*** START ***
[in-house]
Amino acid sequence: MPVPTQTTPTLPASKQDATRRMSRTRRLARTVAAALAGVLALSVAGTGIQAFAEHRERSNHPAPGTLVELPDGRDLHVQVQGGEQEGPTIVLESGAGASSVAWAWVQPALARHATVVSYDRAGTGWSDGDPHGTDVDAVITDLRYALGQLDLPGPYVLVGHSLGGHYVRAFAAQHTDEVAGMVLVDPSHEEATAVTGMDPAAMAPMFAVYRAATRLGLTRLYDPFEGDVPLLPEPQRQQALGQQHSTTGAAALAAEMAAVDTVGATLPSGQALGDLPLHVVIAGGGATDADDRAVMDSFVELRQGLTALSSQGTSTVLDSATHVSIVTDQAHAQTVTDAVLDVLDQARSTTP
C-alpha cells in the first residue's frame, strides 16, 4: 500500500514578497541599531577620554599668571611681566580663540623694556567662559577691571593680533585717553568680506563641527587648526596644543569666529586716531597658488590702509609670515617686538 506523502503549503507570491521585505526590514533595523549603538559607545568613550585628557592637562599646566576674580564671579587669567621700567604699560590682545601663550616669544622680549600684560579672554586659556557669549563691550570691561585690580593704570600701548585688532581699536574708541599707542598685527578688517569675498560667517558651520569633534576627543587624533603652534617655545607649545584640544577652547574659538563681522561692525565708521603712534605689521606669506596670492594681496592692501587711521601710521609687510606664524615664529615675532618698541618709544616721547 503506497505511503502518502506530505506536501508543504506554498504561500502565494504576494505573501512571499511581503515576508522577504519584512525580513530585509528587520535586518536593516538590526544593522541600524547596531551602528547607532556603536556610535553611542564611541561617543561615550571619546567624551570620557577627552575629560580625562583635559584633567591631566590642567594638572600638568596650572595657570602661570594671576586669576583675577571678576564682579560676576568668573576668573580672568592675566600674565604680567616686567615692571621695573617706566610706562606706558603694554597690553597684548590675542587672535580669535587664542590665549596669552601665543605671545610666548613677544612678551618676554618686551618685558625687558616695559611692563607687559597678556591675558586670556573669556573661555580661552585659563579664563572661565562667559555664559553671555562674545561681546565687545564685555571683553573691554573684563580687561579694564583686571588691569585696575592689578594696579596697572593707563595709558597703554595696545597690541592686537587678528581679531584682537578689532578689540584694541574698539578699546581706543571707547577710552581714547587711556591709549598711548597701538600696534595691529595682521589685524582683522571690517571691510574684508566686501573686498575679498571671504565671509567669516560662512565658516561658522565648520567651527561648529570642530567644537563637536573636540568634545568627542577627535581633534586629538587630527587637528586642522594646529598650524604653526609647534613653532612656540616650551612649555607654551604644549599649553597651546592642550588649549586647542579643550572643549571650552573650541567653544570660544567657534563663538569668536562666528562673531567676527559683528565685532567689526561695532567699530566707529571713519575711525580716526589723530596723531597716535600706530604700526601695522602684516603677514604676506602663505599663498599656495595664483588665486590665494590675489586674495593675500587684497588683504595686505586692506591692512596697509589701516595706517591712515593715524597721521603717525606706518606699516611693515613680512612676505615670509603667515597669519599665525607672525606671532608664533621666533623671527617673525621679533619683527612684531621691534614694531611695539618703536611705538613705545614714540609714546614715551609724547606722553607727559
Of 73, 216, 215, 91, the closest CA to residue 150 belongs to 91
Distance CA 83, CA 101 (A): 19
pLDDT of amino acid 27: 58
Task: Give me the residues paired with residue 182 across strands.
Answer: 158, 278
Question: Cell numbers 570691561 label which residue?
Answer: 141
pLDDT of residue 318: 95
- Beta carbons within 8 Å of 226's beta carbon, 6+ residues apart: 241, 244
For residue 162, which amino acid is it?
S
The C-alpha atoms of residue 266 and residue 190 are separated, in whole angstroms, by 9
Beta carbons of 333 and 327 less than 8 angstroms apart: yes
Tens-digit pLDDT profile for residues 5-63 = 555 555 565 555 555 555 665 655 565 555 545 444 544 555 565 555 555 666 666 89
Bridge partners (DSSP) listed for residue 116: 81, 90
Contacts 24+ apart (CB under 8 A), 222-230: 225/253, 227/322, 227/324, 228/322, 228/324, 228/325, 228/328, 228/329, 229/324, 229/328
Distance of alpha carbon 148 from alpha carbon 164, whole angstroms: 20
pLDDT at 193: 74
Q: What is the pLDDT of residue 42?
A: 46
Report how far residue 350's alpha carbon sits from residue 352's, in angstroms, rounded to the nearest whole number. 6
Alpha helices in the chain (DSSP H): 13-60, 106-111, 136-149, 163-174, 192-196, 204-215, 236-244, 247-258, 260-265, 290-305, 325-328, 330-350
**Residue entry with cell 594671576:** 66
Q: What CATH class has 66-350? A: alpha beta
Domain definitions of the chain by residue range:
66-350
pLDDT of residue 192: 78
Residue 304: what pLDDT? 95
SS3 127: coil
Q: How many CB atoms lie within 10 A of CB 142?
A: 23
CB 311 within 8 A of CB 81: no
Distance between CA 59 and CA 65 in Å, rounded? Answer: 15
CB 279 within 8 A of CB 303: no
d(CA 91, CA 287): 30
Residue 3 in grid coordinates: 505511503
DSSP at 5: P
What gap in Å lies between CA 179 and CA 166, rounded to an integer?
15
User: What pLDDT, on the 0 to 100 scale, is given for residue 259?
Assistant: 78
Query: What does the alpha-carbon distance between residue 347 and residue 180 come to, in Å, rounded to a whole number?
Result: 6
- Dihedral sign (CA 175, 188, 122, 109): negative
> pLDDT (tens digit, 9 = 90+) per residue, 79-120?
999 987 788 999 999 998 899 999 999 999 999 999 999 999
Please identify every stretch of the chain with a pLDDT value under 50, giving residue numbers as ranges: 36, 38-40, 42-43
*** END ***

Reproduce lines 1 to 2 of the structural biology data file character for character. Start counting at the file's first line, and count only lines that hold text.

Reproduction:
[in-house]
Amino acid sequence: MPVPTQTTPTLPASKQDATRRMSRTRRLARTVAAALAGVLALSVAGTGIQAFAEHRERSNHPAPGTLVELPDGRDLHVQVQGGEQEGPTIVLESGAGASSVAWAWVQPALARHATVVSYDRAGTGWSDGDPHGTDVDAVITDLRYALGQLDLPGPYVLVGHSLGGHYVRAFAAQHTDEVAGMVLVDPSHEEATAVTGMDPAAMAPMFAVYRAATRLGLTRLYDPFEGDVPLLPEPQRQQALGQQHSTTGAAALAAEMAAVDTVGATLPSGQALGDLPLHVVIAGGGATDADDRAVMDSFVELRQGLTALSSQGTSTVLDSATHVSIVTDQAHAQTVTDAVLDVLDQARSTTP